The following is not my statement, but I wish I had said it. GW

"Multiculturalism is billed as a way to make Americans more sensitive to the diverse cultural backgrounds of people in this country.
If you want to prosper in America, if you want access to opportunity in America, you must be able to assimilate: to become part of the American culture, just as in any other country in the world if an American moved there, he would have to adapt to its culture if he wanted to succeed.
The so called minorities in this country are not being done any favors when the muticulturalist forces their attitudinal segregation from the mainstream society.

For America to truly arrive as an integrated society, we havfe to begin behaving as though we are all Americans, that we have a culture ourselves and that all of the various cultruess that compose our great nation should work toward blending into a harmonious society."
TexArk

United States

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#5
May 21, 2009
 

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Government Watch wrote:
The schools and the government and political correctness has has been trying to ban our culture here for years. It is the "southern culture". I have read letters to the editor from people traveling thru here, complimenting us just because we stop and wait for funerals, and take of our hat. Only in the south.
The following is not my statement, but I wish I had said it. GW
"Multiculturalism is billed as a way to make Americans more sensitive to the diverse cultural backgrounds of people in this country.
If you want to prosper in America, if you want access to opportunity in America, you must be able to assimilate: to become part of the American culture, just as in any other country in the world if an American moved there, he would have to adapt to its culture if he wanted to succeed.
The so called minorities in this country are not being done any favors when the muticulturalist forces their attitudinal segregation from the mainstream society.
For America to truly arrive as an integrated society, we havfe to begin behaving as though we are all Americans, that we have a culture ourselves and that all of the various cultruess that compose our great nation should work toward blending into a harmonious society."
GW,
Southern culture.... now you're talking Charleston, South Carolina, Austin, Texas, or Albany, Georgia, places that preserve their history and keep their cities clean and quaint. Texarkana is an interstate town and without serious measures will go from bad to worse. Neglecting the downtown is like combing your hair when your feet are covered in mud and in need of an extreme pedicure.

Since: Nov 07

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#6
May 22, 2009
 
TexArk wrote:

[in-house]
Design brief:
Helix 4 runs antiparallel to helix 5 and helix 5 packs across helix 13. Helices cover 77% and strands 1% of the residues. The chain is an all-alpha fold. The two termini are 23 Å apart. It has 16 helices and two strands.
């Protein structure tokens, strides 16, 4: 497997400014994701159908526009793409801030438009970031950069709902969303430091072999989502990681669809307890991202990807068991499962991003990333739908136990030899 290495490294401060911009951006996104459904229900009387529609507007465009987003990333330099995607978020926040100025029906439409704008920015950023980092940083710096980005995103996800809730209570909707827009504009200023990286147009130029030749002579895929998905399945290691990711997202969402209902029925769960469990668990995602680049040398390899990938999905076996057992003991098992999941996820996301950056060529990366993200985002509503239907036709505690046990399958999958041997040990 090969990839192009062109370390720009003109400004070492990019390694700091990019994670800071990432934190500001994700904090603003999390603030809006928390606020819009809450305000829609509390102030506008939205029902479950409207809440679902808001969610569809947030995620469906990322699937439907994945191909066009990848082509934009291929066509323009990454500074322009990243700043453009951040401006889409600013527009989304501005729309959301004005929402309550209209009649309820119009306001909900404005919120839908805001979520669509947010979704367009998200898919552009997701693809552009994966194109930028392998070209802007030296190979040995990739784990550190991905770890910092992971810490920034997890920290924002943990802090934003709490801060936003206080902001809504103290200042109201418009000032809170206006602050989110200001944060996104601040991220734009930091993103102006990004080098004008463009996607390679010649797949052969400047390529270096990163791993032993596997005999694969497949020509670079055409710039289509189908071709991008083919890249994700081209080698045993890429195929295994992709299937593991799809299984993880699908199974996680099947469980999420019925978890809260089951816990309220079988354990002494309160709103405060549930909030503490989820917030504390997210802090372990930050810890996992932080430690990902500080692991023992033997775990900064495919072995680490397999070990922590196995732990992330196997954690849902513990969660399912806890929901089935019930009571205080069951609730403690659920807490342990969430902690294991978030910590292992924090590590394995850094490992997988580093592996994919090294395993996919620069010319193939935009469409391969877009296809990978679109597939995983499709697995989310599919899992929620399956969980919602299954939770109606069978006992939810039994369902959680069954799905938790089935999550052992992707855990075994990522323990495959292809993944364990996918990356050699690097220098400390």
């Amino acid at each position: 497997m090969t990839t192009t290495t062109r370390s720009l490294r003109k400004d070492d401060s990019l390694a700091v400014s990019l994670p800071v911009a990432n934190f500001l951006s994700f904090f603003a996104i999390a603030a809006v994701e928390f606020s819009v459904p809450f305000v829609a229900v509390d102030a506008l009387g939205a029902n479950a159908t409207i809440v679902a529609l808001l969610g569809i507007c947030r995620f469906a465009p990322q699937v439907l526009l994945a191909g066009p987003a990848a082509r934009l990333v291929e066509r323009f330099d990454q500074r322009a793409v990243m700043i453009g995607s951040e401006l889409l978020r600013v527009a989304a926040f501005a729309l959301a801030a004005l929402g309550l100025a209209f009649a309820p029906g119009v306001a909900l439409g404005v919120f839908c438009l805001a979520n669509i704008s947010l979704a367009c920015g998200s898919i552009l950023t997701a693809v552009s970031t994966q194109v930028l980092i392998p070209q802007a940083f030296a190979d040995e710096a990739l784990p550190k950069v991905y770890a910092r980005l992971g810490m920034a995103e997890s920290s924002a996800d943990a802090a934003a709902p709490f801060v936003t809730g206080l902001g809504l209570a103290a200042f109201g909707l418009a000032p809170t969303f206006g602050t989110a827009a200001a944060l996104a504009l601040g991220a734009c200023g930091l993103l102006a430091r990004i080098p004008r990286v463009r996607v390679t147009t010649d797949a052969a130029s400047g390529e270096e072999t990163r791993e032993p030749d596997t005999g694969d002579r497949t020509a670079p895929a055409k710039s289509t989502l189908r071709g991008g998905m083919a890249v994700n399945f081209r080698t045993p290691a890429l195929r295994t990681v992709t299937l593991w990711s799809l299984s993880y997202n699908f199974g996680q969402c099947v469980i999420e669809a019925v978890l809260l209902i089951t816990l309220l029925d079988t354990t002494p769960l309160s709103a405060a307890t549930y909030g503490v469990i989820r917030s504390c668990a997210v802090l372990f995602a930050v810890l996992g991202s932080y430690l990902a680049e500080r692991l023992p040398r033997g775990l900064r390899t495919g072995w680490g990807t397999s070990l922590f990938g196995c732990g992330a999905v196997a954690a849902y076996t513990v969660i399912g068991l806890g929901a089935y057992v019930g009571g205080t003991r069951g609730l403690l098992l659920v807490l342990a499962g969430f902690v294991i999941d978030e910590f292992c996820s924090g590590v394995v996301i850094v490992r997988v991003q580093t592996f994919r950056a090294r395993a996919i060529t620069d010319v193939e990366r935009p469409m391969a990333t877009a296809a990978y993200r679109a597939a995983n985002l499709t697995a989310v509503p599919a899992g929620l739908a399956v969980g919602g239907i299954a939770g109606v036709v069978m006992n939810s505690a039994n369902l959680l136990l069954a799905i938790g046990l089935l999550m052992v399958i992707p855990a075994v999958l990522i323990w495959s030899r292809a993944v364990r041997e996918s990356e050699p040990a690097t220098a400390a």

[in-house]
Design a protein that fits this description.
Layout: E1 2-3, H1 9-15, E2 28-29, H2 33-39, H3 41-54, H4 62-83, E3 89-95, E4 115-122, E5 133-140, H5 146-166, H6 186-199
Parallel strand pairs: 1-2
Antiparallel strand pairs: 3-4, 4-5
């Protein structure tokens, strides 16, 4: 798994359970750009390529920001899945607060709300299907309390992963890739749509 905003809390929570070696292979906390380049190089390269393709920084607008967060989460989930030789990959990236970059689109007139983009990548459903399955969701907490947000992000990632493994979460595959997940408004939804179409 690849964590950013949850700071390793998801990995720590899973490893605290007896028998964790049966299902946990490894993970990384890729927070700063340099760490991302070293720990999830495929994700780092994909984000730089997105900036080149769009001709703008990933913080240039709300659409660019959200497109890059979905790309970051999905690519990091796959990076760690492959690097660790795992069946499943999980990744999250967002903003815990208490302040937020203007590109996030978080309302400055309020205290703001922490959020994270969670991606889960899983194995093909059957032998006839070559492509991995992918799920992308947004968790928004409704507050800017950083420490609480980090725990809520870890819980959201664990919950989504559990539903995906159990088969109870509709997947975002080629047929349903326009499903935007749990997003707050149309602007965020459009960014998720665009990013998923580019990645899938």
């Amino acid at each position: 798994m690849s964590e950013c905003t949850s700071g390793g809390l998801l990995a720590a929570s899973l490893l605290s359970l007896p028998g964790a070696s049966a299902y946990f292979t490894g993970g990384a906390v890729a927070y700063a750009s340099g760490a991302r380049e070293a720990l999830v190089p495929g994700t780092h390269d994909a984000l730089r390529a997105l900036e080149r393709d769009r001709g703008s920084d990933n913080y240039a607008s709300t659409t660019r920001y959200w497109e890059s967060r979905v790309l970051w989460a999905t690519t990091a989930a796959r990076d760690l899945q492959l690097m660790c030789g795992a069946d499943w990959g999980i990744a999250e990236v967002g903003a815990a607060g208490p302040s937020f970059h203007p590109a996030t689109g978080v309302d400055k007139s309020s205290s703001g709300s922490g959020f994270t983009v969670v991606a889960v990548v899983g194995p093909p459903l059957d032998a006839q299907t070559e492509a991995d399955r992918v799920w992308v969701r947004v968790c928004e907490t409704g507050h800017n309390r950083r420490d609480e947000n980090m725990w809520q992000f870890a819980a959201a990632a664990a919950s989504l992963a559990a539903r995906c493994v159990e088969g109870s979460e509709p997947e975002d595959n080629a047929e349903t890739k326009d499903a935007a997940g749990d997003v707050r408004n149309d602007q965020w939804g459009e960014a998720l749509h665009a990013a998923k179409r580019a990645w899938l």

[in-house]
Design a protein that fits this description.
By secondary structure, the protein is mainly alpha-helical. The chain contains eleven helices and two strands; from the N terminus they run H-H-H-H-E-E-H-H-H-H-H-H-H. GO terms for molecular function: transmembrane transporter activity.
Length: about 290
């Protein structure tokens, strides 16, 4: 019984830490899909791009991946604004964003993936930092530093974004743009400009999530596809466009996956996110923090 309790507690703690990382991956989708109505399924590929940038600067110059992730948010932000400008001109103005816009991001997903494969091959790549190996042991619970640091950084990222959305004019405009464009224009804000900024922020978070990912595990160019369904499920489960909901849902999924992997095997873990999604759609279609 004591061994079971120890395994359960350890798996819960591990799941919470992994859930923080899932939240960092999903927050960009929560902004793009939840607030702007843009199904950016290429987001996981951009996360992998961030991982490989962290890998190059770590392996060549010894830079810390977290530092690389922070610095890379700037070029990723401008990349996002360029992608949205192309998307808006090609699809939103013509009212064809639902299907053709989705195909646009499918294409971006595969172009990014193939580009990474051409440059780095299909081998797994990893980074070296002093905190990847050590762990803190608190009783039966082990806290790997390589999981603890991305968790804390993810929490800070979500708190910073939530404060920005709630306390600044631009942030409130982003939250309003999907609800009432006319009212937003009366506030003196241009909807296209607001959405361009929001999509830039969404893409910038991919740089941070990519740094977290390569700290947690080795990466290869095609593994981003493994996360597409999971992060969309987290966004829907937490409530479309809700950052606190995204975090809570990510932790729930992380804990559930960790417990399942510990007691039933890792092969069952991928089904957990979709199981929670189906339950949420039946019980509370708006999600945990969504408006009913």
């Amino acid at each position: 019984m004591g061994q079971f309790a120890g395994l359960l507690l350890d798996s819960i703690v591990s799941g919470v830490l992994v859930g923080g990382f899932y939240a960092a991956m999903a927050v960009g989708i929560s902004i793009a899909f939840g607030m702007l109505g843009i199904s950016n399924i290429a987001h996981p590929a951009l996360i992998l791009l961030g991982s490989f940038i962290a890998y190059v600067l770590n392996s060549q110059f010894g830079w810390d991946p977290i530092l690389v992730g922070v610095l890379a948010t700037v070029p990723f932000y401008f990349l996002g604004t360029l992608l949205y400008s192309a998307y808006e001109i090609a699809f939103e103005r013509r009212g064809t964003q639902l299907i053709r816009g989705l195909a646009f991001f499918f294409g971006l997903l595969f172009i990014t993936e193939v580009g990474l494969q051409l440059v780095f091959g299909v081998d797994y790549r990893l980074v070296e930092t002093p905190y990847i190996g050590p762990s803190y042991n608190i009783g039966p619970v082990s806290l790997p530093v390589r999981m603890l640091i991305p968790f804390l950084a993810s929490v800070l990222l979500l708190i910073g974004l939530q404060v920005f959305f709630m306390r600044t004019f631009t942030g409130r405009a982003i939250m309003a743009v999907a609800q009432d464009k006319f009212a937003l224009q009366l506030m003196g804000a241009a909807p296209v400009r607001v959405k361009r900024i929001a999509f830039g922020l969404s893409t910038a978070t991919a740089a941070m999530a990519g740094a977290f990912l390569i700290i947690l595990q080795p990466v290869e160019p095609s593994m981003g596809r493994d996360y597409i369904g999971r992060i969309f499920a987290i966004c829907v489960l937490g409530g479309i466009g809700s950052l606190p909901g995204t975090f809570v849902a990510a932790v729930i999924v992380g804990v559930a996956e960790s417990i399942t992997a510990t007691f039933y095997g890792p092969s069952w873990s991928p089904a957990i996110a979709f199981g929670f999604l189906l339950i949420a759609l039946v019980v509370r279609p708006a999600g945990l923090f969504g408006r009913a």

<quoted text>
GW,
Southern culture.... now you're talking Charleston, South Carolina, Austin, Texas, or Albany, Georgia, places that preserve their history and keep their cities clean and quaint. Texarkana is an interstate town and without serious measures will go from bad to worse. Neglecting the downtown is like combing your hair when your feet are covered in mud and in need of an extreme pedicure.
Last time I looked, more than half of Texarkana is still in Texas. If you want to learn of the cultures of small town cities in Texas, and that is what Texarkana is or at least was, read Michner`s book, Texas. Especially the parts about Texas high school football. GW

Since: Nov 07

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#7
May 22, 2009
 
TexArk wrote:
<quoted text>
GW,
Southern culture.... now you're talking Charleston, South Carolina, Austin, Texas, or Albany, Georgia, places that preserve their history and keep their cities clean and quaint. Texarkana is an interstate town and without serious measures will go from bad to worse. Neglecting the downtown is like combing your hair when your feet are covered in mud and in need of an extreme pedicure.
Don`t get me wrong. I miss downtown Texarkana. I remember when up until 9 or 10 O`clock at night there would be folks walkin up and down Broad Street and going into the stores shopping. Your mom could drop you off at the Strand Theater and for a quarter, you could watch 2 movies, a cartoon, a serial, and sometimes a Three Stooges short film, and still buy a coke and popcorn on that same quarter. I remember The Big T Jamboree at the Arkansas Auditorium, where names like Johnny Cash, Tommy Sands, Elvis started out. And I remember Bryces`s Cafeteria when the food was great and you could actually eat upstairs and have a cigarette after your meal.
If the cities were small business friendly, which they are not, maybe they could get more stuff downtown.

Since: Apr 09

Texarkana, TX

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#8
May 22, 2009